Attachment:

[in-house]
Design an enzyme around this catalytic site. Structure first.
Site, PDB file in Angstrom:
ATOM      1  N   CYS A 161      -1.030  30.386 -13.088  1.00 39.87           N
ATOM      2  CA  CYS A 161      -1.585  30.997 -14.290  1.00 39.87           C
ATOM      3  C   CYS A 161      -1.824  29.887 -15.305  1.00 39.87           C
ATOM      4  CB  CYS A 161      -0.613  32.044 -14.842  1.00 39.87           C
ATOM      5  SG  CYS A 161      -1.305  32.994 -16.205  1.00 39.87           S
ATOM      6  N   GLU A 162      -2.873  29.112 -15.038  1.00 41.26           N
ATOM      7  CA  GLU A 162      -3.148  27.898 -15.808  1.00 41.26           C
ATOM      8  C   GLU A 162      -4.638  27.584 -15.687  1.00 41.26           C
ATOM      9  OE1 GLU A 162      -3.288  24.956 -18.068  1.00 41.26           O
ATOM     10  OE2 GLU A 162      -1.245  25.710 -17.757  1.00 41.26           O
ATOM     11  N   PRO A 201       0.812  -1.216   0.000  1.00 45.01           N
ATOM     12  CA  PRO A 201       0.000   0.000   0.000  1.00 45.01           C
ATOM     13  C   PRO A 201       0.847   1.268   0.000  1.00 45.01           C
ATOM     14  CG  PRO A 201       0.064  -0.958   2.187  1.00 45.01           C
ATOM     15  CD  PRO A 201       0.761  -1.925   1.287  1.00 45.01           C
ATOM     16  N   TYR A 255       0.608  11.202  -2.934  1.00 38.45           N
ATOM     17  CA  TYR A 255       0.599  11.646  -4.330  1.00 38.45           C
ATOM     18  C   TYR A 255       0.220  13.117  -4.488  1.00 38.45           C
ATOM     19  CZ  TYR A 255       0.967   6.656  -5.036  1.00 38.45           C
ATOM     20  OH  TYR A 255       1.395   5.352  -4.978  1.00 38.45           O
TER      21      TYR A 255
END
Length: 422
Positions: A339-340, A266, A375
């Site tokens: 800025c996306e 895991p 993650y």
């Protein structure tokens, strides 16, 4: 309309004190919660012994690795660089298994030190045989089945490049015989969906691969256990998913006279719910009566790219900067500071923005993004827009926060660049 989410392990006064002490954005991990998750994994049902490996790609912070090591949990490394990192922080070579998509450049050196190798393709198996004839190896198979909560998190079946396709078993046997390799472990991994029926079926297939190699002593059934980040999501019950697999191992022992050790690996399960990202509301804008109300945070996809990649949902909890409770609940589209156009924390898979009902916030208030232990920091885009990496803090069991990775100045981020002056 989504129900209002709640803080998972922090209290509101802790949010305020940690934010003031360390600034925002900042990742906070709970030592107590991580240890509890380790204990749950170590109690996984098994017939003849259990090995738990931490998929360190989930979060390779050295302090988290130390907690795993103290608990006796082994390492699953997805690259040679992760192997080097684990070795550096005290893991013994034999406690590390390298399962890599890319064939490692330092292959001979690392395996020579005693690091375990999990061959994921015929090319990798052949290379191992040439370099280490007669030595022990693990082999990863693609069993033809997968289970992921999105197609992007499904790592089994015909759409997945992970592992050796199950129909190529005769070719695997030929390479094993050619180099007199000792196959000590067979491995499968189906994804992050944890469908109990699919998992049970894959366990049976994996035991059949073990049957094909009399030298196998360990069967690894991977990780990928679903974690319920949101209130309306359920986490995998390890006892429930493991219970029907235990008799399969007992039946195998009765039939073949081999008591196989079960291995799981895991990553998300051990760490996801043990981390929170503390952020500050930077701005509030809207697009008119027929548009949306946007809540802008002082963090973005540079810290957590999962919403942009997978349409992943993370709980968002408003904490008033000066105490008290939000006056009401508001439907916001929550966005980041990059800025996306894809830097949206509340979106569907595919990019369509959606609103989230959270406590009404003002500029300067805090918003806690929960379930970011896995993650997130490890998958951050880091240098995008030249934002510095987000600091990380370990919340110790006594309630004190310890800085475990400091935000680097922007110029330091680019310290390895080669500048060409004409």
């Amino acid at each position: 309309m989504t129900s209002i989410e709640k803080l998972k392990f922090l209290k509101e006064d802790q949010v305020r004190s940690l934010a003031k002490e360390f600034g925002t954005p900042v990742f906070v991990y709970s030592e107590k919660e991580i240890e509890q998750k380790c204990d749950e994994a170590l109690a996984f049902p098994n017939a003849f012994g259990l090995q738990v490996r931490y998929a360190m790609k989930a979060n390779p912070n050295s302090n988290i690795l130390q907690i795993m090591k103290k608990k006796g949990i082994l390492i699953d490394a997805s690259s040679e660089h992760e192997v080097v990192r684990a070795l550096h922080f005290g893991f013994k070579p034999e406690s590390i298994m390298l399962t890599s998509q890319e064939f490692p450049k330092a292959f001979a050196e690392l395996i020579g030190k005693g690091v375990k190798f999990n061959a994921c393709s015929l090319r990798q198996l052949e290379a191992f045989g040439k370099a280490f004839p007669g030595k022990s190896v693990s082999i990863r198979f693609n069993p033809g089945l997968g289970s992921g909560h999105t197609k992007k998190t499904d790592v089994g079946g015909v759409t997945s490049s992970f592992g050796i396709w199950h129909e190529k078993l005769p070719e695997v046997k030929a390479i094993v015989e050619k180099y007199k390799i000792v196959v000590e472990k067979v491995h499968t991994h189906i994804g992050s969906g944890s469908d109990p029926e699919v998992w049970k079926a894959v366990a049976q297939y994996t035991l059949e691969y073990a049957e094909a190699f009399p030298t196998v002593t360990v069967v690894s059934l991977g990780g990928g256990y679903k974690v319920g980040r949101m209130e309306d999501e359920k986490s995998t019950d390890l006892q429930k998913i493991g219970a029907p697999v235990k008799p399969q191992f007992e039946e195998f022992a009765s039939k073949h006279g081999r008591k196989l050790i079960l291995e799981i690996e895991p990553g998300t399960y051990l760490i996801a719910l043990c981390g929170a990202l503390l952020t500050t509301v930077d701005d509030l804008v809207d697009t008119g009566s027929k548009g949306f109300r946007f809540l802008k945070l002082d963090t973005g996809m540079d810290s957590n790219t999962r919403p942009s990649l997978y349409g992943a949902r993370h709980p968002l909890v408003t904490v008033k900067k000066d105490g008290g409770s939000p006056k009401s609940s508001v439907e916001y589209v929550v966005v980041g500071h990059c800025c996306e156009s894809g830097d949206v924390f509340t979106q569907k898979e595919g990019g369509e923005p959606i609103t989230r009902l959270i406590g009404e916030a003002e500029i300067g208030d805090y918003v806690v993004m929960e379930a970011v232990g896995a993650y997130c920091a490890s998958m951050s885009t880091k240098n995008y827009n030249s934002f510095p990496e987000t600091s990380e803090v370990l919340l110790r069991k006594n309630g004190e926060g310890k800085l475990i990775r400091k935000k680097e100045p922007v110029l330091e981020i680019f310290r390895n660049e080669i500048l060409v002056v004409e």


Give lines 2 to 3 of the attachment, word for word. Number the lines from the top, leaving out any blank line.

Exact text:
Design an enzyme around this catalytic site. Structure first.
Site, PDB file in Angstrom: